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Vampire Diaries bosses on the series finale, that letter, and who almost died

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Bob Mahoney/The CW

Spoiler alert: This post contains spoilers from the series finale of The Vampire Diaries.

In its final hour, The Vampire Diaries stayed true to the themes of death, loss, and love that centered it for eight seasons. But it also introduced a new theme: Peace.

It’s an idea that first came to Plec when they were working on season 3’s “Ghost World,” which featured an Anna-Pearl reunion worth quite a few tissues. “Anna has a scene where she says, ‘I don’t know what’s going to happen to me. They say my mom found peace but I don’t even know if peace exists.’ That’s when all of this locked in for me,” Plec tells EW. “For me personally, I am writing a show about that fear of loss and not knowing that someone’s okay and not knowing if you’ll ever see them again. So watching Anna and her mom reunite in that episode is what launched this whole notion of peace for me.”

And keeping that in the back of her mind, when her team started planning season 8 and realized that they were going on a journey of redemption, Plec says she realized that this season would have to end in peace. “If Cade’s hell exists then shouldn’t peace exist for everyone? The minute we realized redemption had to have an end point is the minute we realized it had to be the last season,” she says.

From there, the writers built a final season around the themes of redemption, family, and love, a season that ended with Stefan sacrificing himself to save everyone, Damon and Elena living a long human life together, Caroline and Ric opening a school for their girls, Bonnie traveling the world, Matt remaining in Mystic Falls, and eventually, Elena and Damon reuniting with their families.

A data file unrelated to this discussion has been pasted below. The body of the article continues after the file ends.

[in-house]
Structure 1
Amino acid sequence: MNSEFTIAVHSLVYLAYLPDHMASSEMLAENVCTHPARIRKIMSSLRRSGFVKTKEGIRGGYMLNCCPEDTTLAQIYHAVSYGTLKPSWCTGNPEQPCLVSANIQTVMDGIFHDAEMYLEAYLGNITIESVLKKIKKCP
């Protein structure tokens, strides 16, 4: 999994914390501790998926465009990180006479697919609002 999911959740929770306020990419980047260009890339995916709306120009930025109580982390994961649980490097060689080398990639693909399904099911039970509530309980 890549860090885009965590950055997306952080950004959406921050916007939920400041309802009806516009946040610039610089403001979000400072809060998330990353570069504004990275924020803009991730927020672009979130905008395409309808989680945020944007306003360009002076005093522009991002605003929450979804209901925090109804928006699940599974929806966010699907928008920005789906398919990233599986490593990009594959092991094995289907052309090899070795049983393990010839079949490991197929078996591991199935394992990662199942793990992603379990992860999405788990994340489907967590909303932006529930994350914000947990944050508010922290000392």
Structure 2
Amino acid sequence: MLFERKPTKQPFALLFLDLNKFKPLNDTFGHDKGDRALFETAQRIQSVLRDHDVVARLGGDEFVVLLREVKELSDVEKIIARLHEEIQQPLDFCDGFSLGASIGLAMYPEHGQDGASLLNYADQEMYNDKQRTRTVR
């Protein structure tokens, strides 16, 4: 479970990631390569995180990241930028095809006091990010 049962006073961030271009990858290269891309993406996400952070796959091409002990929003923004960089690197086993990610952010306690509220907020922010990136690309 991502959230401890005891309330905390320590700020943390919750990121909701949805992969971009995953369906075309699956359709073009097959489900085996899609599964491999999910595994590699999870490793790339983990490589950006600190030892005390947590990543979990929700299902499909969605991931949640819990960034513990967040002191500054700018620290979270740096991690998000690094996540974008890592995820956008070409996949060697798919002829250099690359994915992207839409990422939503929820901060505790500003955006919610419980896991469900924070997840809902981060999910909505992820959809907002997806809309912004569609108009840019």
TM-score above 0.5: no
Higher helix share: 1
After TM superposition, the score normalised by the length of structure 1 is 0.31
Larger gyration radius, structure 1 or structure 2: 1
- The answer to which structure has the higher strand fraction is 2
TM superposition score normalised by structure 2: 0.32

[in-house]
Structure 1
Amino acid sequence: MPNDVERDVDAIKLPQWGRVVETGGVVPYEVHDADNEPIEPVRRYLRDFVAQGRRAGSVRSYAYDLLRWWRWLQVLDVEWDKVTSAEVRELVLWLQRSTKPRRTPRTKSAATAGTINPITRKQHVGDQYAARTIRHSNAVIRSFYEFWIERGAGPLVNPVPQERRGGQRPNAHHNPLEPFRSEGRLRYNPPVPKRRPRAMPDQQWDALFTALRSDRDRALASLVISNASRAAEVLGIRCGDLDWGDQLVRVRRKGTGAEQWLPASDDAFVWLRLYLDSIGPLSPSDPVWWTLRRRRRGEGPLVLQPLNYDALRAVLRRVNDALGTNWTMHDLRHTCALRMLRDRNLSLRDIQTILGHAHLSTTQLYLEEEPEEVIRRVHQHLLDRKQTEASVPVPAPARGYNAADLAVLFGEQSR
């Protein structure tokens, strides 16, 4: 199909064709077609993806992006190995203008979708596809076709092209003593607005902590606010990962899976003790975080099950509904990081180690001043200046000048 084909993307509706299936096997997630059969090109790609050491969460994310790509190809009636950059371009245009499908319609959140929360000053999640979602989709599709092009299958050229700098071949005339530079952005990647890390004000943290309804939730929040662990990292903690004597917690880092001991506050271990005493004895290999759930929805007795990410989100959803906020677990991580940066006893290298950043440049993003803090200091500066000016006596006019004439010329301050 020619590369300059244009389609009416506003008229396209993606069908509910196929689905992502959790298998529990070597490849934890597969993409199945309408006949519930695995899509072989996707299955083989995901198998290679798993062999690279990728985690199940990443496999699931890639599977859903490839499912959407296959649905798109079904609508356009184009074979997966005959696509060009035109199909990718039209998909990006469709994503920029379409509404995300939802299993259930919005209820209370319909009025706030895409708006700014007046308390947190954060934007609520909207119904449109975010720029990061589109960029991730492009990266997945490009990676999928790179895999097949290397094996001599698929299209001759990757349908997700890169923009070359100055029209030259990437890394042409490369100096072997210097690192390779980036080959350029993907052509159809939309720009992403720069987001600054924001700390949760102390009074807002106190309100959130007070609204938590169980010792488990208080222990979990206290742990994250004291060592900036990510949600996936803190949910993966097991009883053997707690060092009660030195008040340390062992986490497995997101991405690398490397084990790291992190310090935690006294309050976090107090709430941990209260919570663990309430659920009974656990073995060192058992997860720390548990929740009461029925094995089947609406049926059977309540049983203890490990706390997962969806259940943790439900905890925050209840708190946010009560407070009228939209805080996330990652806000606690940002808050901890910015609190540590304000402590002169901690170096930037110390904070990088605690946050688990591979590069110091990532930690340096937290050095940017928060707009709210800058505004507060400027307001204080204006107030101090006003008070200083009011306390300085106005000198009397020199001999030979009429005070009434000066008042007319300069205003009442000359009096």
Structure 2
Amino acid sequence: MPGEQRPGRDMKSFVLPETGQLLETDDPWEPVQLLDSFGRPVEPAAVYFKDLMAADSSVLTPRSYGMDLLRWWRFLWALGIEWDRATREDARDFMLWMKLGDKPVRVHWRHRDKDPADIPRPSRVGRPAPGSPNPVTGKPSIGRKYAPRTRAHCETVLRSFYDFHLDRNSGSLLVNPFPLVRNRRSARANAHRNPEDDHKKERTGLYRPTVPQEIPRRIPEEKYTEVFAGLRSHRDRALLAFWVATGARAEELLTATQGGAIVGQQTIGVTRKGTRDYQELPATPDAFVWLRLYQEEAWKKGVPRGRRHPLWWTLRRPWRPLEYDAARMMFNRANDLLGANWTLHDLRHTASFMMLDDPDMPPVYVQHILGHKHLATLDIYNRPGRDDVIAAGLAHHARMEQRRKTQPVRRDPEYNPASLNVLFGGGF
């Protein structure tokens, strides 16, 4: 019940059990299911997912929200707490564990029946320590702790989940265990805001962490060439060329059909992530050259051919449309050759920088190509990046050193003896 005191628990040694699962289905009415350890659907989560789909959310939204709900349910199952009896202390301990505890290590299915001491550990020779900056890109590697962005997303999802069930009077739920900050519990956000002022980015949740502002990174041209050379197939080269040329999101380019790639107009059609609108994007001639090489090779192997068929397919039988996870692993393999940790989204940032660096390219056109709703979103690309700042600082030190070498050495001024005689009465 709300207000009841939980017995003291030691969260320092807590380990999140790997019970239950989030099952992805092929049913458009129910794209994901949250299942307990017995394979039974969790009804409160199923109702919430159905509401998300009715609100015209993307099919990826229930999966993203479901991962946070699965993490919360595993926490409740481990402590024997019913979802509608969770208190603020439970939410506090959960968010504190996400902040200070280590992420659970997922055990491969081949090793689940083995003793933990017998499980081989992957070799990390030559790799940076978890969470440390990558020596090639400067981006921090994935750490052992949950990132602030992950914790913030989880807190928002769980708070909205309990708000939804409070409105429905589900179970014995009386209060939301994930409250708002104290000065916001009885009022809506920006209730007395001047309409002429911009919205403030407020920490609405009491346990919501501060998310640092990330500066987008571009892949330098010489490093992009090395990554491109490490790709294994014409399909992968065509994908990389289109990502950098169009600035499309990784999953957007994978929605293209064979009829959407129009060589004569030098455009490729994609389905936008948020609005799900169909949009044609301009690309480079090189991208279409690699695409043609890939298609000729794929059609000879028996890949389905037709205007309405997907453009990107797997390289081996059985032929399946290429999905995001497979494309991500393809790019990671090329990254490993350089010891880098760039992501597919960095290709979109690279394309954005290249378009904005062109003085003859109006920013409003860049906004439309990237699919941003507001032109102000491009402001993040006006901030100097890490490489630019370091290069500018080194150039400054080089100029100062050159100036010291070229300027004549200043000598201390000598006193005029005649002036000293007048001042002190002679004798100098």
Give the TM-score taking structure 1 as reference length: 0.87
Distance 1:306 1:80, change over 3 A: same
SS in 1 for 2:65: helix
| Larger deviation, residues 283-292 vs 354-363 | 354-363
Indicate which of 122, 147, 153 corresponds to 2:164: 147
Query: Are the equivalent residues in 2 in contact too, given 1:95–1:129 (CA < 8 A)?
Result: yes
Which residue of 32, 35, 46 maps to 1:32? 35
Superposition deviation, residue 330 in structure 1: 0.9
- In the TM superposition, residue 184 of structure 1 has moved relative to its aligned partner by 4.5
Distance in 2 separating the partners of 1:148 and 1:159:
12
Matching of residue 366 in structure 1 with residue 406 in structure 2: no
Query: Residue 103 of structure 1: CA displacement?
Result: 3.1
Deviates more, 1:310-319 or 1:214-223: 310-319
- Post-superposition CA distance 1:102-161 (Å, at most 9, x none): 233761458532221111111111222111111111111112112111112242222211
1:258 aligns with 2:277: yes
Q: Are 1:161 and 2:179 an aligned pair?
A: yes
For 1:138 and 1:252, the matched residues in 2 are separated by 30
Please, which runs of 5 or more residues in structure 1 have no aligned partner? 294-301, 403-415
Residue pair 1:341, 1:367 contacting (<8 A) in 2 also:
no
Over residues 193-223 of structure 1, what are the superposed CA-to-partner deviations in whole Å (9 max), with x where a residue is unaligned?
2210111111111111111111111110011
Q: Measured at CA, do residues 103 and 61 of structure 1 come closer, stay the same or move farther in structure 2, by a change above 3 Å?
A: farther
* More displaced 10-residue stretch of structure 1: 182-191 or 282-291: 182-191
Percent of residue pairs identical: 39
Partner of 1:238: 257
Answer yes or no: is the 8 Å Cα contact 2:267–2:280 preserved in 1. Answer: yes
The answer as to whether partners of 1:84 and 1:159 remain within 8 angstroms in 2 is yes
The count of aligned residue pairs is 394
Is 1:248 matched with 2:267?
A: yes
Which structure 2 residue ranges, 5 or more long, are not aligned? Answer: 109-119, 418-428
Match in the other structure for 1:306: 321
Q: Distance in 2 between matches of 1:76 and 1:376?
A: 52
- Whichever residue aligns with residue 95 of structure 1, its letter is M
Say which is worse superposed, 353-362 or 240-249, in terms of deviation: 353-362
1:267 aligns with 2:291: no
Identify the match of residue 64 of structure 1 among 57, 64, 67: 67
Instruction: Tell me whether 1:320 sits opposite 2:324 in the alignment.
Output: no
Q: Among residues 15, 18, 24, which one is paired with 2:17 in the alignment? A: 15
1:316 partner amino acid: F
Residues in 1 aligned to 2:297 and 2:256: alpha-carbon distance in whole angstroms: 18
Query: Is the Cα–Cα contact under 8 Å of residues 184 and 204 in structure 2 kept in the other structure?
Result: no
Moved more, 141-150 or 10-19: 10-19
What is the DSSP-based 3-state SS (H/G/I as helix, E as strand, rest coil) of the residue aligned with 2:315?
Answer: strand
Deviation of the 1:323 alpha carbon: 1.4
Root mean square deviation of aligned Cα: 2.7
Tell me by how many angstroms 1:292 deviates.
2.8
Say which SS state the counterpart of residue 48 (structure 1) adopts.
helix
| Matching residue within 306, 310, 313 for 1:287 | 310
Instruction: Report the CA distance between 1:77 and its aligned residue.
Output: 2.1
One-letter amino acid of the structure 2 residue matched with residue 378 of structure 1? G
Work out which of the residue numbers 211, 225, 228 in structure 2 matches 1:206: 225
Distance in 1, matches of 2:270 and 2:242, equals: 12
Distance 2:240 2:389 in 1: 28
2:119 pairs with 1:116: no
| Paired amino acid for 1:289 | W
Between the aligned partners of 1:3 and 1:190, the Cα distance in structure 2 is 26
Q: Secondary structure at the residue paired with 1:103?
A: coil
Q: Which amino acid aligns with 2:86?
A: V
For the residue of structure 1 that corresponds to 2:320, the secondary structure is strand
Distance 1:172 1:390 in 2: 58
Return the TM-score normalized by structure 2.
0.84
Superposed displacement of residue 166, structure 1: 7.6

RELATED: ‘Vampire Diaries’: Paul Wesley, Nina Dobrev, more react to the series finale

Below, EW breaks down some of the finale’s biggest moments with Plec and Kevin Willaimson, who not only created the show together, but wrote the final script as a team.

“Hello, brother.” 

When Damon reunites with Stefan, he speaks the final words of the series, one last “hello, brother” before they hug and the show ends. Bringing back the phrase from the pilot wasn’t something that Plec and Williamson had necessarily pre-planned, but as soon as they thought of it, they knew it was right. “It’s full circle,” Williamson says. “A finale should be about saying goodbye, but it should also be about saying thank you to the audience who has stuck by you through eight seasons. And the way to say thank you is to fill it full of memories because when people look back on the show, I want them to remember it fondly and smile.”

Stefan’s sacrifice

Stefan wasn’t always going to die. “There were two pitches on the table: one that gave perfect closure to the season and then another that gave closure to the whole series,” Plec says, admitting that they had “just as many discussions over killing Damon as we did over killing Stefan, and let me tell you, for a very long time the pendulum swung the other way.”

Although the writers contemplated Damon being the one to achieve his redemption by saving the day, ultimately, it made more sense for Stefan to step up. “He killed Enzo; there’s no coming back from that,” Williamson says. “As a Ripper, how many people did he kill? He turned his brother into a vampire and stripped him of his humanity. How is he going to make up for that? He’s our hero! He had to be heroic. He had to make up for it and he did, and by doing so, he secured Damon’s fate: Now Damon’s going to be the hero forever because he has to do that for his brother. And this show has always been about the two of them and their love and their sense of family. And now Damon’s going to be worthy of Elena.”

RELATED: The 20 Best Episodes of ‘The Vampire Diaries’

The love triangle